Literacy, Skills, and Welfare: Effects of Participation in Adult Literacy Programs
This paper examines the effect of adult literacy program participation on household consumption in Ghana. The adult literacy programs in Ghana are of special interest because they are more comprehensive than standard literacy programs and incorporate many additional topics. We use community fixed effects combined with instrumental variables to account for possible endogenous program placement and self-selection into program participation. For households where none of the adults have completed any formal education we find a substantial, positive, and statistically significant effect on household consumption. Our preferred estimate of the effect of participation for households without education is equivalent to a 10% increase in consumption per adult equivalent. The effects of participation on welfare for other households are smaller, not statistically significant, and become smaller the more educated the household is. We find positive and statistically significant effects of participation on literacy and numeracy rates, although the increases are too small to be the only explanation for the welfare effects. There is also evidence that participants are more likely to engage in market activities and to sell a variety of agricultural goods. Taking account of both direct cost and opportunity cost, we argue that the social returns of adult literacy programs are substantial.
References listed on IDEAS
Please report citation or reference errors to , or , if you are the registered author of the cited work, log in to your RePEc Author Service profile, click on "citations" and make appropriate adjustments.:
- Barry R. Chiswick & Yew Liang Lee & Paul W. Miller, 2003.
"Schooling, Literacy, Numeracy and Labour Market Success,"
The Economic Record,
The Economic Society of Australia, vol. 79(245), pages 165-181, 06.
- Chiswick, Barry R. & Lee, Yew Liang & Miller, Paul W., 2002. "Schooling, Literacy, Numeracy and Labor Market Success," IZA Discussion Papers 450, Institute for the Study of Labor (IZA).
- Daniel Ortega & Francisco RodrÃguez, 2008. "Freed from Illiteracy? A Closer Look at Venezuela's MisiÃ³n Robinson Literacy Campaign," Economic Development and Cultural Change, University of Chicago Press, vol. 57(1), pages 1-30, October.
- Ishikawa, Mamoru & Ryan, Daniel, 2002. "Schooling, basic skills and economic outcomes," Economics of Education Review, Elsevier, vol. 21(3), pages 231-243, June.
- Rosenzweig, Mark R & Wolpin, Kenneth I, 1986. "Evaluating the Effects of Optimally Distributed Public Programs: ChildHealth and Family Planning Interventions," American Economic Review, American Economic Association, vol. 76(3), pages 470-82, June.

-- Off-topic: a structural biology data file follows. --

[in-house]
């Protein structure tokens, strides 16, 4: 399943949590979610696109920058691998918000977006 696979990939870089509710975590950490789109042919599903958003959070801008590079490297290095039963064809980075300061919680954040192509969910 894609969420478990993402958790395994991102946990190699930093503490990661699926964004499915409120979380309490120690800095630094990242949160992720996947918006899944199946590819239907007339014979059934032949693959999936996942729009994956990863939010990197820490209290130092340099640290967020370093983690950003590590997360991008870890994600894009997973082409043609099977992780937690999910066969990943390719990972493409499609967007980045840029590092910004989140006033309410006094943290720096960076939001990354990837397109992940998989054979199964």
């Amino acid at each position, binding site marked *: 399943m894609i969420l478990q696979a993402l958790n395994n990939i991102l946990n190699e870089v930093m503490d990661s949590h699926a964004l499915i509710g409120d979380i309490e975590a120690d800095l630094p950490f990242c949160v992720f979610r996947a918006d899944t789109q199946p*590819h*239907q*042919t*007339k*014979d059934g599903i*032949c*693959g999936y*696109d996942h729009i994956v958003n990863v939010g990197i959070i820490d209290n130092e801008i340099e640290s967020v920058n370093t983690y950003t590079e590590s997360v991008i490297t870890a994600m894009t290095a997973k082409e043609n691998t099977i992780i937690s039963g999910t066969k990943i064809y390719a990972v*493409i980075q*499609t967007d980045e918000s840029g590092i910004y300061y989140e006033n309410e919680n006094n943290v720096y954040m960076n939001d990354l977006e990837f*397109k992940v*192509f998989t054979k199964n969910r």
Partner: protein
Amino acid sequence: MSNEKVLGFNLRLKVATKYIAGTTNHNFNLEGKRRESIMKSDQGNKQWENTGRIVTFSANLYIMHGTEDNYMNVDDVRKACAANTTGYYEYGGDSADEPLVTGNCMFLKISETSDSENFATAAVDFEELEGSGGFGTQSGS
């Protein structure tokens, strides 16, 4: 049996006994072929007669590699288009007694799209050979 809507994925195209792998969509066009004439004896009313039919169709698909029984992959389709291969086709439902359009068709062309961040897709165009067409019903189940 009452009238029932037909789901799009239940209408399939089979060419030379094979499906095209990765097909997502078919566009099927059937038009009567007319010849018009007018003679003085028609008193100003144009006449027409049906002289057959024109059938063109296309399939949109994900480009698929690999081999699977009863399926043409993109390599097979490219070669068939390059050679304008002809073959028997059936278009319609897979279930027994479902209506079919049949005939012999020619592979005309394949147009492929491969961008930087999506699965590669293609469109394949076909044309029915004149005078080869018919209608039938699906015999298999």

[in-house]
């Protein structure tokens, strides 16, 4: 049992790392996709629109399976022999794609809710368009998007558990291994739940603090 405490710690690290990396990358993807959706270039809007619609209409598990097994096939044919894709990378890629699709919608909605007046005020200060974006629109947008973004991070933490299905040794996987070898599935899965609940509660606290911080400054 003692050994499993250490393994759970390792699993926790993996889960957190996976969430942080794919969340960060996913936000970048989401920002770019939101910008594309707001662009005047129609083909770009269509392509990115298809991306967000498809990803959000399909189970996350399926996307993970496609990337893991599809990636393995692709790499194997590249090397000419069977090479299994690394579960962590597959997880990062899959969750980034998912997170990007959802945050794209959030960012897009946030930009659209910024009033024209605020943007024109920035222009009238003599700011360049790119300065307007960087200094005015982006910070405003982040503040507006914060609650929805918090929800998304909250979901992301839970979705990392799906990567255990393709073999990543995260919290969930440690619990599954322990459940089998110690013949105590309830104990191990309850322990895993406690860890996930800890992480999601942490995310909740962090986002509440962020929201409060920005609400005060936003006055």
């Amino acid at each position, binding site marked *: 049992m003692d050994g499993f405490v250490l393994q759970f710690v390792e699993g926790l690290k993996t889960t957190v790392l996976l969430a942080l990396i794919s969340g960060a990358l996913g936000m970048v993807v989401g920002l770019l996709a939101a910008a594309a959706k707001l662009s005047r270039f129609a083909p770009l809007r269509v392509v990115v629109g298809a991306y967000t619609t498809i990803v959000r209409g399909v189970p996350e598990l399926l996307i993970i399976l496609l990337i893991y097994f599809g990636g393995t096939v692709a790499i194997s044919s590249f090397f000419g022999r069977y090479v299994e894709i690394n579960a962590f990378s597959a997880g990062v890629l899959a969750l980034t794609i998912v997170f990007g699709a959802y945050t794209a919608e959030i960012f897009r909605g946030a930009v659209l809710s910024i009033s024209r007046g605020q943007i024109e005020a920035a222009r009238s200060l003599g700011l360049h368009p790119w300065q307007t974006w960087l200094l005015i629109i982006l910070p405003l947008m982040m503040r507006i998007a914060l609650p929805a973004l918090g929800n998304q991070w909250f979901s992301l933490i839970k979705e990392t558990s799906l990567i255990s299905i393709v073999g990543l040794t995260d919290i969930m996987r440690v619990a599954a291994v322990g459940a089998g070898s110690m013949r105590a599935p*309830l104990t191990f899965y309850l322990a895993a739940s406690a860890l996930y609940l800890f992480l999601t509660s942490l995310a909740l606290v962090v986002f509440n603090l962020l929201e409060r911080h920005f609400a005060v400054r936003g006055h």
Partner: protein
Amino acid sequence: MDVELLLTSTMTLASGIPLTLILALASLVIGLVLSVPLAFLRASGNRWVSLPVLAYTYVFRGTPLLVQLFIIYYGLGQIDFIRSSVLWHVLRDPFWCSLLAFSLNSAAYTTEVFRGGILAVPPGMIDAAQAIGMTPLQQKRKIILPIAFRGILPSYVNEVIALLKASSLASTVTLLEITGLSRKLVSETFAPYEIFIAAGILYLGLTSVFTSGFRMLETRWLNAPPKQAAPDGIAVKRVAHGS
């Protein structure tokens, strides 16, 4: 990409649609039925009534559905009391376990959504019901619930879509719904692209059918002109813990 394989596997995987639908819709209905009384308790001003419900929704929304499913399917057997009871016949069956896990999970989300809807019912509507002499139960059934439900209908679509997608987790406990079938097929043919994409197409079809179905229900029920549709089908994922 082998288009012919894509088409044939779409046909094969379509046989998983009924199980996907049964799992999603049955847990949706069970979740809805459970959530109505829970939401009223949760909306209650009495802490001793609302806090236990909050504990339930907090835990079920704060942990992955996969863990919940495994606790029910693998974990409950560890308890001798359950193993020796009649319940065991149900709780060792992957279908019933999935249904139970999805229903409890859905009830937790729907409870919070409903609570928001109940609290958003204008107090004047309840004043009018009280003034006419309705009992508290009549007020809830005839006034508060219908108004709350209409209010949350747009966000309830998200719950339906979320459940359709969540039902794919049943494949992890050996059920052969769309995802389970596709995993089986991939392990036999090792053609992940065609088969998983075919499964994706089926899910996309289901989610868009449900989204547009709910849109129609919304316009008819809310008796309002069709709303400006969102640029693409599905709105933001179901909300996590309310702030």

- Mitra, Aparna, 2002. "Mathematics skill and male-female wages," Journal of Behavioral and Experimental Economics (formerly The Journal of Socio-Economics), Elsevier, vol. 31(5), pages 443-456.
- Murnane, Richard J & Willett, John B & Levy, Frank, 1995.
"The Growing Importance of Cognitive Skills in Wage Determination,"
The Review of Economics and Statistics,
MIT Press, vol. 77(2), pages 251-66, May.
- Richard J. Murnane & John B. Willett & Frank Levy, 1995. "The Growing Importance of Cognitive Skills in Wage Determination," NBER Working Papers 5076, National Bureau of Economic Research, Inc.
- Dustmann, Christian & Fabbri, Francesca, 2000.
"Language Proficiency and Labour Market Performance of Immigrants in the UK,"
IZA Discussion Papers
156, Institute for the Study of Labor (IZA).
- Christian Dustmann & Francesca Fabbri, 2003. "Language proficiency and labour market performance of immigrants in the UK," Economic Journal, Royal Economic Society, vol. 113(489), pages 695-717, 07.
- Dustmann, Christian & Fabbri, Francesca, 2000. "Language Proficiency and Labour Market Performance of Immigrants in the UK," CEPR Discussion Papers 2487, C.E.P.R. Discussion Papers.
- John H. Tyler & Richard J. Murnane & John B. Willett, 1999.
"Do the Cognitive Skills of School Dropouts Matter in the Labor Market?,"
NBER Working Papers
7101, National Bureau of Economic Research, Inc.
- John H. Tyler & Richard J. Murnane & John B. Willett, 2000. "Do the Cognitive Skills of School Dropouts Matter in the Labor Market?," Journal of Human Resources, University of Wisconsin Press, vol. 35(4), pages 748-754.
- Boissiere, M & Knight, J B & Sabot, R H, 1985. "Earnings, Schooling, Ability, and Cognitive Skills," American Economic Review, American Economic Association, vol. 75(5), pages 1016-30, December.
- Moll, Peter G, 1998. "Primary Schooling, Cognitive Skills and Wages in South Africa," Economica, London School of Economics and Political Science, vol. 65(258), pages 263-84, May.
- Ribar, David C., 2004. "What Do Social Scientists Know About the Benefits of Marriage? A Review of Quantitative Methodologies," IZA Discussion Papers 998, Institute for the Study of Labor (IZA).
- Green, David A. & Craig Riddell, W., 2003. "Literacy and earnings: an investigation of the interaction of cognitive and unobserved skills in earnings generation," Labour Economics, Elsevier, vol. 10(2), pages 165-184, April.
When requesting a correction, please mention this item's handle: RePEc:ucp:ecdecc:doi:10.1086/661219. See general information about how to correct material in RePEc.
For technical questions regarding this item, or to correct its authors, title, abstract, bibliographic or download information, contact: (Journals Division)
If references are entirely missing, you can add them using this form.